Honestly, I expected better from our new justice. Gorsuch is not a stupid man. There is no way he didn’t notice that the effect of the Arkansas law is to treat same-sex couples different from how it treats opposite-sex couples. His attempt to blame his dissent on an error in the plaintiffs’ pleadings or a lack of specific remedy falls seriously flat when compared with the majority’s clear reasoning:
“Arkansas has thus chosen to make its birth certificates more than a mere marker of biological relationships: The State uses those certificates to give married parents a form of legal recognition that is not available to unmarried parents.”
Gorsuch was right about one thing, though. Pavan isn’t Obergefell. The Court wasn’t being asked to carve out a new right for the “fundamental” list. So too Pavan differs from the Gavin Grimm case, in which the courts were asked to rule on a novel interpretation of Title IX. Pavan was way, way easier. Gorsuch’s job was simply to stand by the commitment he repeatedly made while deflecting tough questions during his confirmation hearing: to uphold past precedent. There was only one rational reading of Arkansas’ birth certificate law: that it deprived gay couples of a right freely granted to straight couples. And that right goes beyond the birth certificate itself – as the document is important for parenting activities like school, sports, or parish registration, and medical care.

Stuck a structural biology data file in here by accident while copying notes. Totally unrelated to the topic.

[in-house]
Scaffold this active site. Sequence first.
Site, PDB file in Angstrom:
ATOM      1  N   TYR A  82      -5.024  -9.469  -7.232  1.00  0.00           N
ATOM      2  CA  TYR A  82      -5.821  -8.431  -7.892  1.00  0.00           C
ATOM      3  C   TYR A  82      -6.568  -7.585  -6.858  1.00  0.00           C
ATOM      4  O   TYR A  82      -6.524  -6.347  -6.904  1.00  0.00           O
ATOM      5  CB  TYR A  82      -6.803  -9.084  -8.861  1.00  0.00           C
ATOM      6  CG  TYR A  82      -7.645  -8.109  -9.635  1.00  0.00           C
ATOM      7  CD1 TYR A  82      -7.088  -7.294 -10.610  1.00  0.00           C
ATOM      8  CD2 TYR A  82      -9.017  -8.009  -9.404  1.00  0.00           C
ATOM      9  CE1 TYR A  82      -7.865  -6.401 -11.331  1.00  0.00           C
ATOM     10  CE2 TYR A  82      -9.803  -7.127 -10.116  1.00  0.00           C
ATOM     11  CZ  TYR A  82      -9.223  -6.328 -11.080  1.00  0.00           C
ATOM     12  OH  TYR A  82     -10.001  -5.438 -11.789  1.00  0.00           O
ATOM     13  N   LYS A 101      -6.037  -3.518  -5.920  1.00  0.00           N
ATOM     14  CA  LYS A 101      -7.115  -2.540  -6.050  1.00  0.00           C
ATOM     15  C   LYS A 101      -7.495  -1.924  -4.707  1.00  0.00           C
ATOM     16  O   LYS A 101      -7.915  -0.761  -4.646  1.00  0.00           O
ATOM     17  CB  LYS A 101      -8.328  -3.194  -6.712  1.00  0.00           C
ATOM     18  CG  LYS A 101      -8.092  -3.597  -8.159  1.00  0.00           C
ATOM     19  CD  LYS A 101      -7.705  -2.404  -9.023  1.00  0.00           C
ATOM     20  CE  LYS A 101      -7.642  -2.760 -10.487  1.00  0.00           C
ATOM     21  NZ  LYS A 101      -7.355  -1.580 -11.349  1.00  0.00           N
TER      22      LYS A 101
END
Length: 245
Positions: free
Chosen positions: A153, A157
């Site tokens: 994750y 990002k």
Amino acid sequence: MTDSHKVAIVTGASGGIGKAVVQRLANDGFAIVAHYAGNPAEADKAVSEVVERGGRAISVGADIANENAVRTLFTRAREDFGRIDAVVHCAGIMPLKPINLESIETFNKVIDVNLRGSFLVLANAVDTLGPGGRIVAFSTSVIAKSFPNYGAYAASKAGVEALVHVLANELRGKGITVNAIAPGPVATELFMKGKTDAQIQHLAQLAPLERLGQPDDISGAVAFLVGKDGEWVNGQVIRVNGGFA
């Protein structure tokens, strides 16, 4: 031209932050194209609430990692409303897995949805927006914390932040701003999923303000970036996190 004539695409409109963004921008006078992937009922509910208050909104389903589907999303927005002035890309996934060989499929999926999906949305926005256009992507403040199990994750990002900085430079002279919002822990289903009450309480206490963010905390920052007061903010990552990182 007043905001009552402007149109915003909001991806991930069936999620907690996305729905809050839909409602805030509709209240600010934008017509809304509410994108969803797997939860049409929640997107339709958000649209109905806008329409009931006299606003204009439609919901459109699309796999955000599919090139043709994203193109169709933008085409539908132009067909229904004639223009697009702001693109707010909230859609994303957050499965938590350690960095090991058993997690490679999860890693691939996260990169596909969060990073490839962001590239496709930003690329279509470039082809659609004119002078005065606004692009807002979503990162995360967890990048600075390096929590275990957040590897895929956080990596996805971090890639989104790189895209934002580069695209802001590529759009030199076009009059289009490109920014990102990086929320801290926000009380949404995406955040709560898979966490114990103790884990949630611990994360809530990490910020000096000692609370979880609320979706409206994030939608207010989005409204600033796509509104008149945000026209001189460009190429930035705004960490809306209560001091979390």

Gorsuch knows damn well that such disparate treatment constitutes discrimination; his refusal to call out Arkansas for its institutionalized bigotry is a failure of mammoth proportions not just for the LGBT community, but for all fair-minded Americans. I’d hoped we’d have a little longer before facing the cold truth that Gorsuch’s aw-shucks-I’ll-just-follow-the-law demeanor was a show for the cameras, but Pavan signals the end of the same-sex honeymoon period.
This is an opinion piece. The views expressed in this article are those of just the author.